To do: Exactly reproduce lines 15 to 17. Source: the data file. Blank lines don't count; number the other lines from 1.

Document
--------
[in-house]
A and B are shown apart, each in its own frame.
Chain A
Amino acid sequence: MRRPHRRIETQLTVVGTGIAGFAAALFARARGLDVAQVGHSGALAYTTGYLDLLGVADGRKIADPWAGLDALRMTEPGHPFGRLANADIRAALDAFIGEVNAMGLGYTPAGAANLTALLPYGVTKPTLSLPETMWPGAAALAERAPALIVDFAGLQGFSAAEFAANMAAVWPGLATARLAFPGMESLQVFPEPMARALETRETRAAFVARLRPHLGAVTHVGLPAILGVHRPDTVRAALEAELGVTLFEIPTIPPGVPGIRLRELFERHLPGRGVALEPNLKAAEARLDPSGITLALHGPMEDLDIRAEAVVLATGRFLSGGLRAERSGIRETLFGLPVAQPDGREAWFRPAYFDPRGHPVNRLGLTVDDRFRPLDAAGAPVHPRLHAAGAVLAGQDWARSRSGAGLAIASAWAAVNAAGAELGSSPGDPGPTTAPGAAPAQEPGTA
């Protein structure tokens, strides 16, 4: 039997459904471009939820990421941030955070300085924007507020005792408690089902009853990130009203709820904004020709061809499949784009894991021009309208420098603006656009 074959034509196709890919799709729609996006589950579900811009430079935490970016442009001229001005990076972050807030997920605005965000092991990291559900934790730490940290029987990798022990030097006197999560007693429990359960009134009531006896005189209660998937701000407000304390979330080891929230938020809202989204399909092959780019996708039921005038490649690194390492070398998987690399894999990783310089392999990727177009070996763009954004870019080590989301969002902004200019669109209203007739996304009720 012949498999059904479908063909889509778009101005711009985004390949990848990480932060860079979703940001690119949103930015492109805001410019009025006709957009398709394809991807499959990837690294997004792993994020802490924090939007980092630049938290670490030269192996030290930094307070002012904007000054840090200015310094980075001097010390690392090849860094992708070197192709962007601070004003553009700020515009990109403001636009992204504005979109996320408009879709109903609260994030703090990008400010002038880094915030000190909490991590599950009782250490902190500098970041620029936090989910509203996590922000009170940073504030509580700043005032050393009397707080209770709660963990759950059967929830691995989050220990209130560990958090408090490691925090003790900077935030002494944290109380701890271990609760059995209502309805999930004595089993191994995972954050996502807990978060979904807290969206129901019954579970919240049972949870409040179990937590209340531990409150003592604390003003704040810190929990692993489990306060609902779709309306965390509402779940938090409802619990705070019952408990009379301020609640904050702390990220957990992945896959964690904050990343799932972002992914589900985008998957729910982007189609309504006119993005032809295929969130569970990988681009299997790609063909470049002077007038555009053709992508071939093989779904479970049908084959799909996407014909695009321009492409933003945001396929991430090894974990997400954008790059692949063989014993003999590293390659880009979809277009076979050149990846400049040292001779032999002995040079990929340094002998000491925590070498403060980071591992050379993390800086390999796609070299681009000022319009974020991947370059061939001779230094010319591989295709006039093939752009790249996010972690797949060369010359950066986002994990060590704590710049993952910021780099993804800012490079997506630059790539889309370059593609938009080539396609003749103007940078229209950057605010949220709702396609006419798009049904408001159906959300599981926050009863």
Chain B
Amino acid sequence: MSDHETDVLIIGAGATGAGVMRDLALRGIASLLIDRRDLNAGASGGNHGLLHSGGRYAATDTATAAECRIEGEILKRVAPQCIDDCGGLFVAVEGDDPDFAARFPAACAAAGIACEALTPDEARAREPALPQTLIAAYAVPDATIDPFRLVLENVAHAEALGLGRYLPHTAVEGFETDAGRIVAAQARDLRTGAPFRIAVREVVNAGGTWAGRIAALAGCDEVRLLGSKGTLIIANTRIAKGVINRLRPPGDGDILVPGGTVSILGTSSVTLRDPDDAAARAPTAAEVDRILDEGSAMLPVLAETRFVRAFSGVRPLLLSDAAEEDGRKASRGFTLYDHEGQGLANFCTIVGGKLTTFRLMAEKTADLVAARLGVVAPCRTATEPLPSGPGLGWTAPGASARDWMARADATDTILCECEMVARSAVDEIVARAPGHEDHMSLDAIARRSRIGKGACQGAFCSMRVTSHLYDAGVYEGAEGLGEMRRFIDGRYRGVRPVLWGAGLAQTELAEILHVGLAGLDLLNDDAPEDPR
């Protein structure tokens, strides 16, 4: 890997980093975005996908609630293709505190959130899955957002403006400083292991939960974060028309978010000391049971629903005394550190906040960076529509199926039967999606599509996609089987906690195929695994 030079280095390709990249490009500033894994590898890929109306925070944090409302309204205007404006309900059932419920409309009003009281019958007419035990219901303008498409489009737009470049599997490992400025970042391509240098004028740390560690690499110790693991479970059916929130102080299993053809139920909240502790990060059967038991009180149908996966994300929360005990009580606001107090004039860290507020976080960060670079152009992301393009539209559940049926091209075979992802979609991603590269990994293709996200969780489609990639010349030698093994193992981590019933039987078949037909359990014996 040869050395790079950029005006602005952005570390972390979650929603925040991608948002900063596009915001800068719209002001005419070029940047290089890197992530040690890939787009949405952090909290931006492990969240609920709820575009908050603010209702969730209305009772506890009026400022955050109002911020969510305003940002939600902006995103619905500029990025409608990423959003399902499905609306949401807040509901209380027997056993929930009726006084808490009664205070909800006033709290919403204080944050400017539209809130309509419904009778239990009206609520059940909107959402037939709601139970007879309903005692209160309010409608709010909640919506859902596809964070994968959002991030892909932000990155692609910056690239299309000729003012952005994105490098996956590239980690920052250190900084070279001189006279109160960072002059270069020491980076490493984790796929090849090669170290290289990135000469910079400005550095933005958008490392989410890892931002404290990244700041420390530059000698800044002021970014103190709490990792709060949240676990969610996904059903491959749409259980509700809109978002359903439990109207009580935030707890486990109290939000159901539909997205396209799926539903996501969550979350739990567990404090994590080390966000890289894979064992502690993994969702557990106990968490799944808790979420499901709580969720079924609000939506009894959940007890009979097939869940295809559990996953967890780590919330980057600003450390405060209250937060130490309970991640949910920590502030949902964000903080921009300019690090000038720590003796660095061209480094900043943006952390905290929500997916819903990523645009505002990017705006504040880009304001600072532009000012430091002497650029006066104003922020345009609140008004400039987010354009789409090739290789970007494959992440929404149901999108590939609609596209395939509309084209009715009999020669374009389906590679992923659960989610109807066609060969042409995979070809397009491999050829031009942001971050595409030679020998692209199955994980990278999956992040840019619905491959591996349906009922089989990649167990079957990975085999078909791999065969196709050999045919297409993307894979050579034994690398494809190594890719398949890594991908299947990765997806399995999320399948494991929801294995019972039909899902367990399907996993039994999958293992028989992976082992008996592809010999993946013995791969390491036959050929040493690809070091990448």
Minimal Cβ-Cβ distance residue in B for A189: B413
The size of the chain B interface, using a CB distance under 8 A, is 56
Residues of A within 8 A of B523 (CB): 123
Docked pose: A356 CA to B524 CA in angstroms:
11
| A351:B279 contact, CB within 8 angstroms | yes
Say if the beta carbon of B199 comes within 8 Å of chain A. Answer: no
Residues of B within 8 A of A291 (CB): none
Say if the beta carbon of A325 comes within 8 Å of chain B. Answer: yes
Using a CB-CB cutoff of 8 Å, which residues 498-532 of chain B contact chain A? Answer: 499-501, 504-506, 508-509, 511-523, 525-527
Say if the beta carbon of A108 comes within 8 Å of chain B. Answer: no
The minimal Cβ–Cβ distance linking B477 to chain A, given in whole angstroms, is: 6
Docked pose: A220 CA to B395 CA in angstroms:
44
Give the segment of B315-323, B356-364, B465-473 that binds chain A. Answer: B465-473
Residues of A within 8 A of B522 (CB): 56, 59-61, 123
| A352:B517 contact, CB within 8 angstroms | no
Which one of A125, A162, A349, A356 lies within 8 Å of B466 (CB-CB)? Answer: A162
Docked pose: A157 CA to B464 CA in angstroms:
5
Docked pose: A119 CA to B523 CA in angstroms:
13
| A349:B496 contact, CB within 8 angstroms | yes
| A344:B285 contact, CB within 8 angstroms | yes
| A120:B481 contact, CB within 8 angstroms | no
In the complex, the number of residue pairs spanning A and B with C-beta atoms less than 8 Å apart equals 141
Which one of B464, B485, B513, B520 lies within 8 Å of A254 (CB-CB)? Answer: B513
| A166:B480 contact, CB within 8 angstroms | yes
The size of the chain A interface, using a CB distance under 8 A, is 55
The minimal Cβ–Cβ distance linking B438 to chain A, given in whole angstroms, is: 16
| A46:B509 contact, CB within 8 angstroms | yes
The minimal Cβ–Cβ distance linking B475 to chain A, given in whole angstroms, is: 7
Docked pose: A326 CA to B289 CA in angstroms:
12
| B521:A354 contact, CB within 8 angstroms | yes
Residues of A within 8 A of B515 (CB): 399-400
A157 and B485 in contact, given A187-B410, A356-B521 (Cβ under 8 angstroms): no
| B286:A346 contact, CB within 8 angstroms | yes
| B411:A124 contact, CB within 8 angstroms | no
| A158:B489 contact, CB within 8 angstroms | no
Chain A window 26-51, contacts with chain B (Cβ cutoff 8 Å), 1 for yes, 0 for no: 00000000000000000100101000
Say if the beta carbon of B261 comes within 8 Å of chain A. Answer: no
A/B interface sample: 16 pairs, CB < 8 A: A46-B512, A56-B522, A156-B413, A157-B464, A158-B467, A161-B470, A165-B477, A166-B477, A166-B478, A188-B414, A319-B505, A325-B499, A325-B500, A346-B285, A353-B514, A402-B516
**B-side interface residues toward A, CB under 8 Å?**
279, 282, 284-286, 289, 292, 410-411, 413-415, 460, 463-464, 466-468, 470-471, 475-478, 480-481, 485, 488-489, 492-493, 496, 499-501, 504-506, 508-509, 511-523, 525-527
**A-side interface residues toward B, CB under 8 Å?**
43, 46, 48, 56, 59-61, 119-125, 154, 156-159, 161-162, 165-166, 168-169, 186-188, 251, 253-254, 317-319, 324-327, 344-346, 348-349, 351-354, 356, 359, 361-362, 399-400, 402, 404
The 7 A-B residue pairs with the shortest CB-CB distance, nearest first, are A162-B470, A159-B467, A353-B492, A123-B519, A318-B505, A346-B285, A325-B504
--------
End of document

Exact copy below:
Say if the beta carbon of B199 comes within 8 Å of chain A. Answer: no
Residues of B within 8 A of A291 (CB): none
Say if the beta carbon of A325 comes within 8 Å of chain B. Answer: yes